So, what does the 2015/16 Federal Budget mean for you? Here’s a snapshot of what will change over the next two-three years
- Age Pension indexation changes proposed in 2014/15 Budget have been dumped.
- The three-year freeze in indexation of income thresholds and deeming thresholds has also been scrapped.
- The Low Income Supplement, which can amount to $324 per annum, will cease to be paid from 1 July 2017
- Changes to asset thresholds will increase pension payments for those with lower levels of assets, and will remove pension eligibility for those with higher levels.
- A doubling of the pension taper rate, from $1.50 to $3 for every $1000 over the asset free threshold.
Health and aged care
- A reversal of planned GP co-payment and $5 reduction in rebates for GP consultations
- The establishment of a taskforce to review the Medicare Benefits Schedule (MBS)
- $1.6 billion for new and amended items on the Pharmaceutical Benefits Scheme (PBS)
- Provision of one year of funding to support public dental health services
- From 1 January 2016, the rental income exemption for those in aged care, who pay their accommodation costs periodically while renting out their former home, will be removed
- From 1 February 2017, funding will be allocated to the consumer based on their aged care needs.
Growing jobs and business
- A cut in the small company tax rate by 1.5 per cent
- A small business tax deduction for assets under $20,000 to take effect from 7.30pm tonight
- A reinvigorated Restart wage subsidy of $10,000 (increase of $3500) paid to small businesses that employ older workers.
- A simplified Child Care Subsidy to be implemented from 1 July 2017, based on family income
- An additional Child Care Subsidy for children who are at risk of abuse or for families experiencing temporary financial hardship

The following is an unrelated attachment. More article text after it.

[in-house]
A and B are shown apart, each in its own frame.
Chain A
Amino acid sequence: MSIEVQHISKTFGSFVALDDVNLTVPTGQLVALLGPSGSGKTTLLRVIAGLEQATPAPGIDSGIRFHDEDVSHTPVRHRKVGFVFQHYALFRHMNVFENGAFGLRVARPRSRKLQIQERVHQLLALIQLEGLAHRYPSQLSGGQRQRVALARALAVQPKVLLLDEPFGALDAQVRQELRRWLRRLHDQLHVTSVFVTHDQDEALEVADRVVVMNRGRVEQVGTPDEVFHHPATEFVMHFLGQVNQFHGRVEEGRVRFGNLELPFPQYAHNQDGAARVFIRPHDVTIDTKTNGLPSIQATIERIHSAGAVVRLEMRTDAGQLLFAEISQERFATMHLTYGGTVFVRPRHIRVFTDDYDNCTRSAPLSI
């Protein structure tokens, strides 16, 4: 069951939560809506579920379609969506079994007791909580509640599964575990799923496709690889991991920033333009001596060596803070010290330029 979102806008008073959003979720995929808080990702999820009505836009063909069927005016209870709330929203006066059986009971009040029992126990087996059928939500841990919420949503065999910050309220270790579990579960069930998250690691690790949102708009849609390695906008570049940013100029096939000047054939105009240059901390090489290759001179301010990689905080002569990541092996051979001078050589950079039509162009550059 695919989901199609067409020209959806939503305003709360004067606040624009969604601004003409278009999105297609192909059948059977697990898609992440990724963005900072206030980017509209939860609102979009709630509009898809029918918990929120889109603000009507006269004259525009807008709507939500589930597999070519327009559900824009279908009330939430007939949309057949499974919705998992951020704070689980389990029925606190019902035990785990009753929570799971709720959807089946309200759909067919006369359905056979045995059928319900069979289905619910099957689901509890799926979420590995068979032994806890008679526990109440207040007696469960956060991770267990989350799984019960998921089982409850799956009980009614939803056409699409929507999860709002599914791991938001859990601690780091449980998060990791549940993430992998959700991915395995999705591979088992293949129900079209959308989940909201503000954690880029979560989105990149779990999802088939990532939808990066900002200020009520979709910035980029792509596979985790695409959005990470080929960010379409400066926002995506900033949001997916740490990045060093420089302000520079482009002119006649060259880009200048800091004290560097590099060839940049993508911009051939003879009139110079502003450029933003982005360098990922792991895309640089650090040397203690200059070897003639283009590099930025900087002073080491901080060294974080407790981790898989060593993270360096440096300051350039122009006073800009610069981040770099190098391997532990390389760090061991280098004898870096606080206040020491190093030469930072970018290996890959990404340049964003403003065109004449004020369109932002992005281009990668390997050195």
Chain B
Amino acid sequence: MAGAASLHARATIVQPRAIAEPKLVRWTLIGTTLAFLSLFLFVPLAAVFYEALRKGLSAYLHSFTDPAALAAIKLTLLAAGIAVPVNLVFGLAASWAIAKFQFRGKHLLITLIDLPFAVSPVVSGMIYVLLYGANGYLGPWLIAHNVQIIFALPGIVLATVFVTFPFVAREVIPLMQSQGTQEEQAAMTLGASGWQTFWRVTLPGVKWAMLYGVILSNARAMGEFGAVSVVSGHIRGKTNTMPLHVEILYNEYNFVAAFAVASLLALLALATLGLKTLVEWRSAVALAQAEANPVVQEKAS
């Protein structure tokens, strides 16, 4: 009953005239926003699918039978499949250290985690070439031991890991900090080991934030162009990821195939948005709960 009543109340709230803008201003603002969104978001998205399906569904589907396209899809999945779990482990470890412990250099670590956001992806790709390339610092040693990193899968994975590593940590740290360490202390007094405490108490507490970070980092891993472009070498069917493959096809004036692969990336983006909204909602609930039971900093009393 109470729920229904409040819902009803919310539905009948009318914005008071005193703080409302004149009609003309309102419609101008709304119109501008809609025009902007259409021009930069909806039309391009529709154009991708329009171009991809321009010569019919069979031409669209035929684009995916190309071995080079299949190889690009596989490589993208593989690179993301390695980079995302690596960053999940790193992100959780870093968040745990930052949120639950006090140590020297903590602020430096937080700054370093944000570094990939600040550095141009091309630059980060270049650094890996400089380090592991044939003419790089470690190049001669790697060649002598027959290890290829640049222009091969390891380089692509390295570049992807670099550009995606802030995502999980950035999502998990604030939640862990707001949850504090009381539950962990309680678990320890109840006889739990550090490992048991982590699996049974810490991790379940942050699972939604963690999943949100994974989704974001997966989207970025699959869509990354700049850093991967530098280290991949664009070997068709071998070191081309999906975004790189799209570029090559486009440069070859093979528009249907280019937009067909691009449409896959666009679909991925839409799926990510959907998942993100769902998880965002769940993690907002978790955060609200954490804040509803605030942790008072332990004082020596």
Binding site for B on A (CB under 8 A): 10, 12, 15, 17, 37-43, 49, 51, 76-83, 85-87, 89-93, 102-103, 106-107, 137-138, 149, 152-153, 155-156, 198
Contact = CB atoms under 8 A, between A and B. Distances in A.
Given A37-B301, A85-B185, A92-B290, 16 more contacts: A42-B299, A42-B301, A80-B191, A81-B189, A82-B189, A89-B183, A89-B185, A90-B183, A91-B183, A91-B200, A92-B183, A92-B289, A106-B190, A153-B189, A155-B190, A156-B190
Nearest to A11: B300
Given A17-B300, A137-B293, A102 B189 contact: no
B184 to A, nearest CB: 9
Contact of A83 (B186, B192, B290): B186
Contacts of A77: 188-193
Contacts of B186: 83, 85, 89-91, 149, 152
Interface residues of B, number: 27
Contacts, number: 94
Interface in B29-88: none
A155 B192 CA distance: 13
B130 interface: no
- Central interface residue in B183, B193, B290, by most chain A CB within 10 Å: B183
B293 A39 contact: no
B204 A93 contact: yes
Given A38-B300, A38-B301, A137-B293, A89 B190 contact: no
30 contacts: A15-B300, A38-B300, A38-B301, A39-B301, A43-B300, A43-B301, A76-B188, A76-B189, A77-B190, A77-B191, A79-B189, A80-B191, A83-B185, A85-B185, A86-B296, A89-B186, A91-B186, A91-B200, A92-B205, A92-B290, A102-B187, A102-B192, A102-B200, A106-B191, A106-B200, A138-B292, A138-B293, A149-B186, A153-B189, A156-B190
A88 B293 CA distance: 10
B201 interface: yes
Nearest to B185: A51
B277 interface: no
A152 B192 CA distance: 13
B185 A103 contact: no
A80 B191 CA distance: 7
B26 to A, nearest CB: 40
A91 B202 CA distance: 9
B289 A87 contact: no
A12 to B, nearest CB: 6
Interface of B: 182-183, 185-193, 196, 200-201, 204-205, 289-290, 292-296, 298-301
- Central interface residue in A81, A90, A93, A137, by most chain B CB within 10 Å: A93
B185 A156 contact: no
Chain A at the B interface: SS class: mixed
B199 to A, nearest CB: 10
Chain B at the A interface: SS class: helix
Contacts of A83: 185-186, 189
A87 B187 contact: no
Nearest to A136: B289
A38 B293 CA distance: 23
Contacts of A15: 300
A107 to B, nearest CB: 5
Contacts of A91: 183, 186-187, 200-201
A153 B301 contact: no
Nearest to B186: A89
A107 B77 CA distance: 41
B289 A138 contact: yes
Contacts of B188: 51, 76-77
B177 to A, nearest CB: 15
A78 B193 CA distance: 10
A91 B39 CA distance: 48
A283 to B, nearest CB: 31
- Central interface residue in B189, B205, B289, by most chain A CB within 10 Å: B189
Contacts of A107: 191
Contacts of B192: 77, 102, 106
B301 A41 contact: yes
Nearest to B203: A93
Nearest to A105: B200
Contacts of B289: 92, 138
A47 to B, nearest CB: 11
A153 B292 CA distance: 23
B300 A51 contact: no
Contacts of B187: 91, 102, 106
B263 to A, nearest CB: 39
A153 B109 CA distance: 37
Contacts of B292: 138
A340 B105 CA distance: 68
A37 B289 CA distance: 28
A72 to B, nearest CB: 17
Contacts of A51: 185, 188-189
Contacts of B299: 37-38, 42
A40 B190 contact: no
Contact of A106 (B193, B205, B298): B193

- From 1 January 2016, ‘No jab, no pay’ rule will stop access to child care payments and Family Tax Benefit Part A for those who do not vaccinate their children
- Nannies Trial to commence from 1 January 2016, providing care for approximately 10,000 children by 4000 nannies.
Multinational tax avoidance
- Introduction of a Multinational Anti-Avoidance Law to ensure business don’t escape paying tax in Australia
- Charging GST on digital products and services imported by consumers
- Increased penalties for tax avoidance by large multinational companies.
Fairer tax system
- Capping to $5000 salary sacrificing of fringe benefits for employees of not-for-profit organisations
- Additional funding to the ATO to extend the GST compliance program
- Creation of a task force to fight serious financial crime and tax evasion.
- Additional and stricter penalties to ensure foreign investors do not profit from breaking the rules
- Increased scrutiny and transparency around foreign investment in agriculture, lowering of screening thresholds and implementing a comprehensive register of foreign ownership of land.
- An upgrade of the Department of Human Services’ information technology to meet the demands of today’s digital world
- A return of $1.5 billion to the budget by increase DHS capacity to investigate and determine welfare fraud and non-compliance
- Recovery of HELP debt from Australians who move and work overseas
- Access to the paid Parental Leave Scheme to be limited to those whose employer does not provide parental leave entitlements.
- $1.2 billion to be invested in national security, which includes $450 million in new intelligence measures to protect Australia and Australians, and $131 million to assist the telecommunications industry to upgrade its systems to implement the metadata retention policy